What is Spandex/Lycra?

Spandex, is a man-made fiber that’s recognized for its elasticity. To give you a better idea, it can be stretched more than 500% its length! When released, it will quickly go back to its original length. Not only is it durable, but it’s also lightweight and smooth, both of which makes it an excellent choice for sportswear. In addition to that, it’s breathable, moisture-wicking, and abrasion resistant.

What’s the difference between spandex and Lycra? Nothing, really. They’re essentially the same thing. Put it simply—Lycra is a specific type of spandex that made by the DuPont Corporation (it’s their registered trademark). Chemically, however, it’s identical to fabrics that are called spandex; they have the exact same attributes. Since we’re talking about this, it’s also worth mentioning that elastane is the same thing as spandex—it’s just a term that’s more often used in Europe.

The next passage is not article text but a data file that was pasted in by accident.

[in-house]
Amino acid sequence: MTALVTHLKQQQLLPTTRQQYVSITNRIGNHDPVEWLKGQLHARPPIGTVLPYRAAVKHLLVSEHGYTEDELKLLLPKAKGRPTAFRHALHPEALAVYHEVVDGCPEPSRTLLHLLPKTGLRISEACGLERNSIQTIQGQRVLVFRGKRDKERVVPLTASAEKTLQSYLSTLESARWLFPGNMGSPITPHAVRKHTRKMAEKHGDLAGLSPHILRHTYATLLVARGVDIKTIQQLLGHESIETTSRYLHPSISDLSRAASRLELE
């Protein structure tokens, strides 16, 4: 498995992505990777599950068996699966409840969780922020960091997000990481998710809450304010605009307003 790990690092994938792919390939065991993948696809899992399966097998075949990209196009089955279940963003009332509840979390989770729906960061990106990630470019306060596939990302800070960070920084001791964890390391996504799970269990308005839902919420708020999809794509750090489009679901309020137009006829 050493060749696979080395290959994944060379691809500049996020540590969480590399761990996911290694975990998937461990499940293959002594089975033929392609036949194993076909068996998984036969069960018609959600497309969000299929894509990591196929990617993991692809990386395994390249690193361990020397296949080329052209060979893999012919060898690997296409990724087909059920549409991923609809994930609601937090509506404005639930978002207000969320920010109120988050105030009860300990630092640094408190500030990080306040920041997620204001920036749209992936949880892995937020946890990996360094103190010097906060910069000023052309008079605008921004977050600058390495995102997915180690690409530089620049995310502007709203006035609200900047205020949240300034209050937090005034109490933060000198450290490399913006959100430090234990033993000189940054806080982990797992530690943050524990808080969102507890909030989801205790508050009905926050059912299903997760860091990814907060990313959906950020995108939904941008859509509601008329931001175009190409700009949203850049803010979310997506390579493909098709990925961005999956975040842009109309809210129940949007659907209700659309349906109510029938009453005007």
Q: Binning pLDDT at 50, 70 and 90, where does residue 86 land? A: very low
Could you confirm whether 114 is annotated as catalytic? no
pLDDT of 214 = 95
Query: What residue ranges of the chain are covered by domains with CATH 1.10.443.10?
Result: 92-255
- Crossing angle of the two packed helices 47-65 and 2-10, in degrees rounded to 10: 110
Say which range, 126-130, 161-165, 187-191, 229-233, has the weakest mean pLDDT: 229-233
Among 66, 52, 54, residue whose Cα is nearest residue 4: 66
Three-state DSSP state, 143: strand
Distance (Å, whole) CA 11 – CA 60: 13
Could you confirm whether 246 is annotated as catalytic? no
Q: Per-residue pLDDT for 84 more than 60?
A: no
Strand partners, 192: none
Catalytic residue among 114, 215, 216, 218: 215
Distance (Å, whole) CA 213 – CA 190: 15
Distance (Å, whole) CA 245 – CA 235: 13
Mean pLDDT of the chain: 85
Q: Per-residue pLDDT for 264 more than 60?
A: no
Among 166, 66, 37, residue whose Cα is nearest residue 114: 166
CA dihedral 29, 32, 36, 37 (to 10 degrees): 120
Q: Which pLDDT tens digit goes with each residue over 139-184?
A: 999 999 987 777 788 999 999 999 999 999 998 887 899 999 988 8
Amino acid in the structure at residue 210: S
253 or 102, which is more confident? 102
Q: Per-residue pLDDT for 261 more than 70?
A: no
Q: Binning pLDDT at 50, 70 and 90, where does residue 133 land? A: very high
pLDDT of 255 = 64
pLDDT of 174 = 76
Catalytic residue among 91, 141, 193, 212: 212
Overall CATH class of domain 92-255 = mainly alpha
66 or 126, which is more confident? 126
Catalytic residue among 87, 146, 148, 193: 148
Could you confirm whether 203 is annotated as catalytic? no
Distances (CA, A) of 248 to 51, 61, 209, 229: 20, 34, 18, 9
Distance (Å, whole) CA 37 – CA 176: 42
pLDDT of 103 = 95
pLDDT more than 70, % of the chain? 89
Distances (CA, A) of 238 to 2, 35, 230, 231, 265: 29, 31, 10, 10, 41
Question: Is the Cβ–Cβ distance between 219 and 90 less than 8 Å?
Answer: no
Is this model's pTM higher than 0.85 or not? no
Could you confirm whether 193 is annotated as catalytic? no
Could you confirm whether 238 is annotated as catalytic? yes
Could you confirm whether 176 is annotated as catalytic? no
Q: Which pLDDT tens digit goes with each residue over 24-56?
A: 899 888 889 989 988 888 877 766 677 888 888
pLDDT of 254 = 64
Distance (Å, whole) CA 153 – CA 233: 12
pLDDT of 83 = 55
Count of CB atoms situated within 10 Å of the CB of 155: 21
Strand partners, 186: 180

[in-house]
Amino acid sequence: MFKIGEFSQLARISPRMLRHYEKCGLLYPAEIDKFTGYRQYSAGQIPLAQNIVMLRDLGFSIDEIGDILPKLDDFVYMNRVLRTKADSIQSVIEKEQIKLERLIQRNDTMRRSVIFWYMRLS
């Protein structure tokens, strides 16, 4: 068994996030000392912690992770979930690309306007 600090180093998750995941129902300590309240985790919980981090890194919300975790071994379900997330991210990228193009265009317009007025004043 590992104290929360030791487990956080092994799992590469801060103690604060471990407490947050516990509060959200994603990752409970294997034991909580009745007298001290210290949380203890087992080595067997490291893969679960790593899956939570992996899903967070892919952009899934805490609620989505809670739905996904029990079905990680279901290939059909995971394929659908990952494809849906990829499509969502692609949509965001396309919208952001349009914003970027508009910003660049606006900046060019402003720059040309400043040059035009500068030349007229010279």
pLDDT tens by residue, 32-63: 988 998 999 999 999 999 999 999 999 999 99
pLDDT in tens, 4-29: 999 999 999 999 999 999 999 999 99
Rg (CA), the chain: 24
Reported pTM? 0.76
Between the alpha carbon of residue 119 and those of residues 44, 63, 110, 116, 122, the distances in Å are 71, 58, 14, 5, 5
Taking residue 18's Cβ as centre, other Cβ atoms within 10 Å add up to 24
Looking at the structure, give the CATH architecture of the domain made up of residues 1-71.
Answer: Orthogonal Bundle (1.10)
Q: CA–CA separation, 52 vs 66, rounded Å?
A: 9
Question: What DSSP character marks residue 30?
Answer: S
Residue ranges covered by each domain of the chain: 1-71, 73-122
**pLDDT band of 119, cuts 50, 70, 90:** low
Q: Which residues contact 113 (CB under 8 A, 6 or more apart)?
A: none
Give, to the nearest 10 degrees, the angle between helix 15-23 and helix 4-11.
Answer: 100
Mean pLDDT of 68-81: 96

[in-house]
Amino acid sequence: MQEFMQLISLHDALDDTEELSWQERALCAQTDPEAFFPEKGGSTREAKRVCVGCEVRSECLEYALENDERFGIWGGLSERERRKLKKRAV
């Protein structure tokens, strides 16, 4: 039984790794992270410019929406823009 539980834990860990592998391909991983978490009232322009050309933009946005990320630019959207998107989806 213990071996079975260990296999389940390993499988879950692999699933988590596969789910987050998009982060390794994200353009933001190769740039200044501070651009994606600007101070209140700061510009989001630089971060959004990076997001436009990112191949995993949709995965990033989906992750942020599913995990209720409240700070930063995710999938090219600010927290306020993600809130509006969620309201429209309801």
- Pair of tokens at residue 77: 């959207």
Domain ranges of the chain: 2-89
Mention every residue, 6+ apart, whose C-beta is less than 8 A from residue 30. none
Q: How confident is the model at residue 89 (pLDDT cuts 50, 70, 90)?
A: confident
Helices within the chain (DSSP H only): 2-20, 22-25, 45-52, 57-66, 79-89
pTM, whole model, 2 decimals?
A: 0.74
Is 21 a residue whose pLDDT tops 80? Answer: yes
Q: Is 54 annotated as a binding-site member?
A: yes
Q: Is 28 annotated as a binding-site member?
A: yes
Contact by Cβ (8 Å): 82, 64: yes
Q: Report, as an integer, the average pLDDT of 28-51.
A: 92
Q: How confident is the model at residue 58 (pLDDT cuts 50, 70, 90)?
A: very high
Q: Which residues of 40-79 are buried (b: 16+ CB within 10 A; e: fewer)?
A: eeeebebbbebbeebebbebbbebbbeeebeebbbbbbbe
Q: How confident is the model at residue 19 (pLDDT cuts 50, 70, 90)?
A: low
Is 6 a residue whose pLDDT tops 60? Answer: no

Clothes Made From Spandex or Lycra

Spandex is used in a wide range of sportswear including compression garments, leggings, yoga pants, swimsuits, jerseys, and shorts. Not only that, but it’s often incorporated in other garments such as gloves, socks, underwear, and tights. Unlike other synthetic materials, however, it is usually mixed with other fibers as opposed to being used by itself. For example, it’s not uncommon for spandex to be mixed with polyester or cotton. While it depends on the item, it typically only accounts for a small percentage of the final product. Because of this, it retains the feel of the other material.

Care Tips for Spandex/Lycra